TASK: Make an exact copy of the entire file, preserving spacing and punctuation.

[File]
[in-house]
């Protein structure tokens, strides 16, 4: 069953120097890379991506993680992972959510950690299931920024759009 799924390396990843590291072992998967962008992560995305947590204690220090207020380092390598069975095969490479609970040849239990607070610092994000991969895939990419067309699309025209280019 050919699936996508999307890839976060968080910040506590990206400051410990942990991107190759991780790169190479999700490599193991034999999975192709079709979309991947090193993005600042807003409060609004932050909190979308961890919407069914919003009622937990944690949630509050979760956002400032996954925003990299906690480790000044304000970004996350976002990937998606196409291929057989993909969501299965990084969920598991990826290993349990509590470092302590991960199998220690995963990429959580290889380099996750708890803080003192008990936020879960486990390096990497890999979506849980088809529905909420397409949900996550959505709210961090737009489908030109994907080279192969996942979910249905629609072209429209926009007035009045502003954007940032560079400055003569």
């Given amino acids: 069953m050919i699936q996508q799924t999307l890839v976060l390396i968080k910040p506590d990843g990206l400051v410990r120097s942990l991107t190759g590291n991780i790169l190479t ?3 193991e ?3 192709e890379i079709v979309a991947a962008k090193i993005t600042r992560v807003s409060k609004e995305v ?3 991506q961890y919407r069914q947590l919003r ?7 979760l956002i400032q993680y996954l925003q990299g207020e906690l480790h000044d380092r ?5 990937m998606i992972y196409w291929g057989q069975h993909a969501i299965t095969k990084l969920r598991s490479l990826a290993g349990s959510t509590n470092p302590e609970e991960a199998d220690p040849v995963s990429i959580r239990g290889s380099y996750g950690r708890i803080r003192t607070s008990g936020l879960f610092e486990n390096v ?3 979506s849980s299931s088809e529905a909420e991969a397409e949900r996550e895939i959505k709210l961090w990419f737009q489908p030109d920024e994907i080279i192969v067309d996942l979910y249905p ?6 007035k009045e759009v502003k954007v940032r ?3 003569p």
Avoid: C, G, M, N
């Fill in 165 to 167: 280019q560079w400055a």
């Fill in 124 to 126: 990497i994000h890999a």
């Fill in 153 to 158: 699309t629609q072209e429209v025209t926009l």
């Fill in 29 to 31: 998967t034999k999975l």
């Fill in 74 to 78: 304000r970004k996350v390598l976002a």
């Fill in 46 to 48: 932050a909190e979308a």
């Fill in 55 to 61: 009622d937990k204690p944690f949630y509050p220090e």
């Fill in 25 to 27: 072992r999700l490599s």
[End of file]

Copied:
[in-house]
């Protein structure tokens, strides 16, 4: 069953120097890379991506993680992972959510950690299931920024759009 799924390396990843590291072992998967962008992560995305947590204690220090207020380092390598069975095969490479609970040849239990607070610092994000991969895939990419067309699309025209280019 050919699936996508999307890839976060968080910040506590990206400051410990942990991107190759991780790169190479999700490599193991034999999975192709079709979309991947090193993005600042807003409060609004932050909190979308961890919407069914919003009622937990944690949630509050979760956002400032996954925003990299906690480790000044304000970004996350976002990937998606196409291929057989993909969501299965990084969920598991990826290993349990509590470092302590991960199998220690995963990429959580290889380099996750708890803080003192008990936020879960486990390096990497890999979506849980088809529905909420397409949900996550959505709210961090737009489908030109994907080279192969996942979910249905629609072209429209926009007035009045502003954007940032560079400055003569």
């Given amino acids: 069953m050919i699936q996508q799924t999307l890839v976060l390396i968080k910040p506590d990843g990206l400051v410990r120097s942990l991107t190759g590291n991780i790169l190479t ?3 193991e ?3 192709e890379i079709v979309a991947a962008k090193i993005t600042r992560v807003s409060k609004e995305v ?3 991506q961890y919407r069914q947590l919003r ?7 979760l956002i400032q993680y996954l925003q990299g207020e906690l480790h000044d380092r ?5 990937m998606i992972y196409w291929g057989q069975h993909a969501i299965t095969k990084l969920r598991s490479l990826a290993g349990s959510t509590n470092p302590e609970e991960a199998d220690p040849v995963s990429i959580r239990g290889s380099y996750g950690r708890i803080r003192t607070s008990g936020l879960f610092e486990n390096v ?3 979506s849980s299931s088809e529905a909420e991969a397409e949900r996550e895939i959505k709210l961090w990419f737009q489908p030109d920024e994907i080279i192969v067309d996942l979910y249905p ?6 007035k009045e759009v502003k954007v940032r ?3 003569p």
Avoid: C, G, M, N
């Fill in 165 to 167: 280019q560079w400055a």
């Fill in 124 to 126: 990497i994000h890999a």
């Fill in 153 to 158: 699309t629609q072209e429209v025209t926009l």
């Fill in 29 to 31: 998967t034999k999975l």
């Fill in 74 to 78: 304000r970004k996350v390598l976002a």
């Fill in 46 to 48: 932050a909190e979308a």
């Fill in 55 to 61: 009622d937990k204690p944690f949630y509050p220090e």
């Fill in 25 to 27: 072992r999700l490599s």